Sample from the Authornomics Interview. More can be found here.
What do you usually look for in a pitch? What’s one of the biggest turn-offs for you in a pitch?
A pitch that is imprecise, muddled, or way too long, or some combo
thereof, creates a condition of frustration for all concerned—unless and
until a way can be found to correct it. For many, this actually
involves a rewrite of the novel. The pitch is simply a method of
artfully communicating what your novel or nonfiction is about. If you
can’t communicate a project that will sell, it usually means you have
not written a project that will sell. At this juncture, we use the pitch
as a means of driving further into the story. The intent is to discover
what is working, what is not, and what, if anything, is missing. Plot,
premise, characters, theme, everything is out on the table. Many of our
writers have completely rewritten their novels as a result of the pitch
process, and several have been published because of it. A good example
is Kim Boykin, the author of The Wisdom of Hair.
What does your position as an associate for AEI Film Productions involve? How did you first get into this area?
I moonlight as an agent and developmental editor for AEI and
StoryMerchant. I’m now the AEI Associate for the SF Bay Area. The owner,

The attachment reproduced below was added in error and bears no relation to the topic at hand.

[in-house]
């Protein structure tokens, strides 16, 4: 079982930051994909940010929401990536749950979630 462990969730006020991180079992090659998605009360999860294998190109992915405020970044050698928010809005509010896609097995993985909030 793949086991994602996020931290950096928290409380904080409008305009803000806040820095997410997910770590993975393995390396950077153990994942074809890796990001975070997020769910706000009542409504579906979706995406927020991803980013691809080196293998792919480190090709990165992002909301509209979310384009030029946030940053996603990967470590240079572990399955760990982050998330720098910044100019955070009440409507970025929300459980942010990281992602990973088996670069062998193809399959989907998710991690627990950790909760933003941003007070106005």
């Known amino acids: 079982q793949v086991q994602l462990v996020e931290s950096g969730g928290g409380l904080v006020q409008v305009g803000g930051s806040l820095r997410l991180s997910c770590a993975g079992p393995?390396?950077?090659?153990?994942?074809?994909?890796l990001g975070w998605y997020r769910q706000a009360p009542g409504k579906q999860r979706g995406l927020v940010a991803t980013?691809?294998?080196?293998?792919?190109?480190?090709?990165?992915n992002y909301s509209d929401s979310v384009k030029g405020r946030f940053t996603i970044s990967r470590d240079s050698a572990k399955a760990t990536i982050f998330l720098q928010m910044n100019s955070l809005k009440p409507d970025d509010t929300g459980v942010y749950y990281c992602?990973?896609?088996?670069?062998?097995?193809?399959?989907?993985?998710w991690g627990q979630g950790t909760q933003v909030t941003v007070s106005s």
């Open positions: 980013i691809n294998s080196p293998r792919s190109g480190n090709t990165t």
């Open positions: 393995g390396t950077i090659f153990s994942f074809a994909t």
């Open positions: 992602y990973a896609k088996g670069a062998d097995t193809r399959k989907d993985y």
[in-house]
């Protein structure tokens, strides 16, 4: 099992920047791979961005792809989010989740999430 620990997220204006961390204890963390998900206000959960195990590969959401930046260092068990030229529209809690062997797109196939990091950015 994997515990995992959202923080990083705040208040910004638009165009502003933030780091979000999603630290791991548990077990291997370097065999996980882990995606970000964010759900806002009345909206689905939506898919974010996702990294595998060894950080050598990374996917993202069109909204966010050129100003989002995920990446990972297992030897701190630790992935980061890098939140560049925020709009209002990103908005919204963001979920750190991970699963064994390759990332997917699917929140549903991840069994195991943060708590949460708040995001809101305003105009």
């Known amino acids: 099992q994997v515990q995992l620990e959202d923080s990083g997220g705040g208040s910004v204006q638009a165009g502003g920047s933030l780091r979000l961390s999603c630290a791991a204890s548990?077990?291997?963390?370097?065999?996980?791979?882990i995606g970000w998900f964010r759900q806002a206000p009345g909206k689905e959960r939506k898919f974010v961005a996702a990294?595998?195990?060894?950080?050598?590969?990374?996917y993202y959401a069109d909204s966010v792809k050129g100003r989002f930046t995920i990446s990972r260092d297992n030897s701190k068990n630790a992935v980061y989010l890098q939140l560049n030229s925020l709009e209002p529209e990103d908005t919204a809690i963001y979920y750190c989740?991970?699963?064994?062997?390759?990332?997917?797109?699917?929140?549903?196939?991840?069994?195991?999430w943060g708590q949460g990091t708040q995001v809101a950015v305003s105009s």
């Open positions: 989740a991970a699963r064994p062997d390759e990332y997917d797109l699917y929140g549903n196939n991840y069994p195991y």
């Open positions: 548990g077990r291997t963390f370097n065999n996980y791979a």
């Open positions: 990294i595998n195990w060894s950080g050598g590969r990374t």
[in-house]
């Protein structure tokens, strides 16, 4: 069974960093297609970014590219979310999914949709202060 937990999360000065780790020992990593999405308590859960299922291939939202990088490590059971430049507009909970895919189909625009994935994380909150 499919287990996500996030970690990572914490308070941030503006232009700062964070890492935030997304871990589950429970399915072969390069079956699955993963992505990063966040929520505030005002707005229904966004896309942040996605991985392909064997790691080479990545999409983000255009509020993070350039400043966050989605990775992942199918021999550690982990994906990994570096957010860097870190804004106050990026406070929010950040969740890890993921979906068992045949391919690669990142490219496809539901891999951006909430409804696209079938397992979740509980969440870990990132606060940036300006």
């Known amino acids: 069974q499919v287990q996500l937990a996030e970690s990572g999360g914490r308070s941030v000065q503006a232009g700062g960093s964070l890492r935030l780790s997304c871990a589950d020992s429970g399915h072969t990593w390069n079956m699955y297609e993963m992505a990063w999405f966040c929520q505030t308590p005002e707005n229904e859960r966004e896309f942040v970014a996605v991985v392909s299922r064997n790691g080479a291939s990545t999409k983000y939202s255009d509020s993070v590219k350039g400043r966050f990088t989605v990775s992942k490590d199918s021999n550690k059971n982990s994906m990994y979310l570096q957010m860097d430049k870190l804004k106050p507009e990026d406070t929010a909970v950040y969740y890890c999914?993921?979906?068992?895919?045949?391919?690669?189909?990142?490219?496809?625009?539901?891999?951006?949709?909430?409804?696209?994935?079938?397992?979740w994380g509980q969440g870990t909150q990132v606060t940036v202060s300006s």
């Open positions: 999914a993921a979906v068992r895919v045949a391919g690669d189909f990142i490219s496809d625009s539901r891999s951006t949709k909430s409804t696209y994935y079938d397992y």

Ken Atchity, became acquainted with Algonkian and attended some of our
events. Recently I have helped develop, edited and agented, or
co-agented, two important books: Rise of the American Corporate Security State—Six Reasons to Be Afraid, a nonfiction by Beatrice Edwards (Berett-Koehler), and Killer on the Wall,
a “social media cozy” by Wendy Eckell (Thomas Dunne). Several more
novels are on the way, including another high-concept cozy mystery and
an adult fantasy novel with series potential. Also, several Algonkian
books have been ushered into contracts with AEI/SM, most recently The Last Scribe by Rachel Walsh, currently in development.
On the film side, we are working to produce Firehouse Shih-tzu, a comic film about a hero “firehouse dog” out to stop a dangerous arsonist in Brooklyn. I co-wrote the script. The sequel, Up Shih-tzu Creek Without a Poodle,
is being written. It’s amazing what inventiveness can erupt from three
bottles of Napa Cabernet. Additionally, we are also working to produce Message to Shigatse,
a controversial humanist film from NextPix productions about the
Chinese kidnapping of the Panchen Lama. The hunt for a lead actress is
underway. We have feelers out to Kate Winslett’s camp at the moment.
What are some of the biggest challenges you find in transforming books into films? Can a film ever be as good as a book?
High-concept genre books are generally easy to convert to the
three-act film structure. They hit the same plot points and notes. But
we all know that the film medium is limited to what it can display or
provoke. Novels are not. The great novel will always outweigh the film
because it can contain so much more, go more places, reveal more things.
That’s not to say a good movie can’t be better than the novel upon
which it was based. There are always exceptions. I’ve heard competing
opinions re SIDEWAYS, for example.
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